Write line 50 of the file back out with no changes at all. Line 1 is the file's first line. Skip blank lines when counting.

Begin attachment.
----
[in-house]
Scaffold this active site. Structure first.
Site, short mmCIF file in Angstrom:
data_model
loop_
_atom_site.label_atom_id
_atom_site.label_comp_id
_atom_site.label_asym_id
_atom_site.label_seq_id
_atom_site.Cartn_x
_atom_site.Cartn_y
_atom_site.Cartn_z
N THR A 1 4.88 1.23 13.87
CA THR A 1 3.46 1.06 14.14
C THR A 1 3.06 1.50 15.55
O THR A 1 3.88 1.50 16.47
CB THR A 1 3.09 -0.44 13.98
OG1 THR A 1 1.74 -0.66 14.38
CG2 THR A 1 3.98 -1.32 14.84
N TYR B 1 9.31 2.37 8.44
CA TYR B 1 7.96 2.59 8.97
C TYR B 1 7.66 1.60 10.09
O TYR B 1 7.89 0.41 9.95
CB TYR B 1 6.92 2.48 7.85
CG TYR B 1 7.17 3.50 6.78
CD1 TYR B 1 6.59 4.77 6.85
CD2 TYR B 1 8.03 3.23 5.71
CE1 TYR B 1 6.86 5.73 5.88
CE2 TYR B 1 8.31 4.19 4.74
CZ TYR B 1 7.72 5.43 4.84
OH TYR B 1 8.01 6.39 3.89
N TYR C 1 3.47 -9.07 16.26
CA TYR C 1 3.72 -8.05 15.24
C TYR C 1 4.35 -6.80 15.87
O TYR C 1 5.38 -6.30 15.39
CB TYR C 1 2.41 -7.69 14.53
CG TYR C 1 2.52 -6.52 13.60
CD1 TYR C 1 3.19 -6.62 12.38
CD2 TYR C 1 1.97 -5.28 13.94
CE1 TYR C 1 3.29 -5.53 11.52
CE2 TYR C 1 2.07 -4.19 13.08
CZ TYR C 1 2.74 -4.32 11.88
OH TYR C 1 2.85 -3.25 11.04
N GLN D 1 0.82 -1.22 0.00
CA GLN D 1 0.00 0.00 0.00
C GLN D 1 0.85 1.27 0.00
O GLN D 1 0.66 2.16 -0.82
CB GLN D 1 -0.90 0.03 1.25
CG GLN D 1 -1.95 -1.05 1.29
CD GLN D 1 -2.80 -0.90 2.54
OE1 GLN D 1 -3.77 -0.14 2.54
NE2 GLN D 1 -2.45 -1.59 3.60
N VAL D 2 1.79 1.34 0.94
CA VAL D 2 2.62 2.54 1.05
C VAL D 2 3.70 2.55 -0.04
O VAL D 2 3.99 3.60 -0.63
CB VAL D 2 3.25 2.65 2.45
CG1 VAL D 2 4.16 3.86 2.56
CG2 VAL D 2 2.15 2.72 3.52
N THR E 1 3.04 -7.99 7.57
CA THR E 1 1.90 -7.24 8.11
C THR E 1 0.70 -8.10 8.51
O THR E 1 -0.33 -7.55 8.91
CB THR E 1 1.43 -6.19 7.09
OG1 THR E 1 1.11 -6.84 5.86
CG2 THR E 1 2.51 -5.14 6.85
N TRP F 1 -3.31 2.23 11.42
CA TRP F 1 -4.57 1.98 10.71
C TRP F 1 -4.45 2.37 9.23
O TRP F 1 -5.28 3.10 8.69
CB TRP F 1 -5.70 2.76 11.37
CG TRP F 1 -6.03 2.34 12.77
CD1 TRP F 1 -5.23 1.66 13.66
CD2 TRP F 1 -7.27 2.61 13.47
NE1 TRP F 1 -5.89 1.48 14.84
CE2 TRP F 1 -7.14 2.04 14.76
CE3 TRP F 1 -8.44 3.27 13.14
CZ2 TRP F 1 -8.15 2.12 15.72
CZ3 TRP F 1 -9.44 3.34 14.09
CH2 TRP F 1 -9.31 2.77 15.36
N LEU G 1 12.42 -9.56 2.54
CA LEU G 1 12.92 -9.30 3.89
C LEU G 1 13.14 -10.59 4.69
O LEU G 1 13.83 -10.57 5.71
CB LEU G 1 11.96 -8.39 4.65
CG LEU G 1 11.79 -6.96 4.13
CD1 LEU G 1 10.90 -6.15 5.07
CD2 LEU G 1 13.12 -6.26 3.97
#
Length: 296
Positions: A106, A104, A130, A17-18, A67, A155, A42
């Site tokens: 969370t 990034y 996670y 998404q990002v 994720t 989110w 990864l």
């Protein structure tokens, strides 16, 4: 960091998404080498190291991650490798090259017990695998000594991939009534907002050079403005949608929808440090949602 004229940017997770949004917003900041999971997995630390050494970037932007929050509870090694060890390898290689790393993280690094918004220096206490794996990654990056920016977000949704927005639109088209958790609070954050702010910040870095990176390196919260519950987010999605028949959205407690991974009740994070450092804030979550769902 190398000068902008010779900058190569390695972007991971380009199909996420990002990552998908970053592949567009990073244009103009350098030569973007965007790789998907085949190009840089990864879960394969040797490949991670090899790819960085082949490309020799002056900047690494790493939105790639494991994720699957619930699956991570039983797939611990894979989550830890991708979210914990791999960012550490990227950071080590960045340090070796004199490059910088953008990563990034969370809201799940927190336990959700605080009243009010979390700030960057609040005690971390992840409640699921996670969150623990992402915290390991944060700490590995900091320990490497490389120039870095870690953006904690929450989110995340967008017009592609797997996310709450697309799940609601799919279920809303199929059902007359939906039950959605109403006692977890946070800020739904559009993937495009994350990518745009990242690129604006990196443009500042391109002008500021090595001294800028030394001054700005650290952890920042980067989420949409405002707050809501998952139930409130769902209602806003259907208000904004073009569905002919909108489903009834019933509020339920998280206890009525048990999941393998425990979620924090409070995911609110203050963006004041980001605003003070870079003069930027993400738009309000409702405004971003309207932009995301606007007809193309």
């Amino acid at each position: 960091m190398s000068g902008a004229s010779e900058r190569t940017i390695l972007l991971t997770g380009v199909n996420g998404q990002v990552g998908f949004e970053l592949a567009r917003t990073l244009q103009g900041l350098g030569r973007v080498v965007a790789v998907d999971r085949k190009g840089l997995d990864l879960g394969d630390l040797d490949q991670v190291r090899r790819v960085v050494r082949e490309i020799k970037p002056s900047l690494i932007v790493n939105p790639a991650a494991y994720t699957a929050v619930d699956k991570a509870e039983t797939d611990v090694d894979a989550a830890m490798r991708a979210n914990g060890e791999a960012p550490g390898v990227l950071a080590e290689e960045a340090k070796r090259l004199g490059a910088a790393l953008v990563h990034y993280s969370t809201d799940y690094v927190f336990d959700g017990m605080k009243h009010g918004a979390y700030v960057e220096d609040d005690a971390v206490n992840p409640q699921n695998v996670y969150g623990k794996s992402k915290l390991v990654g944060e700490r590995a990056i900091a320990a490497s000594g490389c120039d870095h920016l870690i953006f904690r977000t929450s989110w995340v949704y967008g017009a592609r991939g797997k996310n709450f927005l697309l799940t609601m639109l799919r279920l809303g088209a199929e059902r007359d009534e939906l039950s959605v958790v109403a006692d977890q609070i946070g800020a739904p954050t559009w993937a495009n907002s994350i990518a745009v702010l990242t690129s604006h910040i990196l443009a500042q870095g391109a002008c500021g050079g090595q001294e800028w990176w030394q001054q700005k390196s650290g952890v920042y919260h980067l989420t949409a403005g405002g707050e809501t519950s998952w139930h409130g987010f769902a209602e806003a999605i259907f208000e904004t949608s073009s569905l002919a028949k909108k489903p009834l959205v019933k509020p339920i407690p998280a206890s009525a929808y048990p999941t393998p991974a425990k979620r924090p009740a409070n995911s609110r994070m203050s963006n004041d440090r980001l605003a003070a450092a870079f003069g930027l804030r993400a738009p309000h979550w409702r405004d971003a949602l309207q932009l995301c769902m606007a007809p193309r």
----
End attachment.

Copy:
CD GLN D 1 -2.80 -0.90 2.54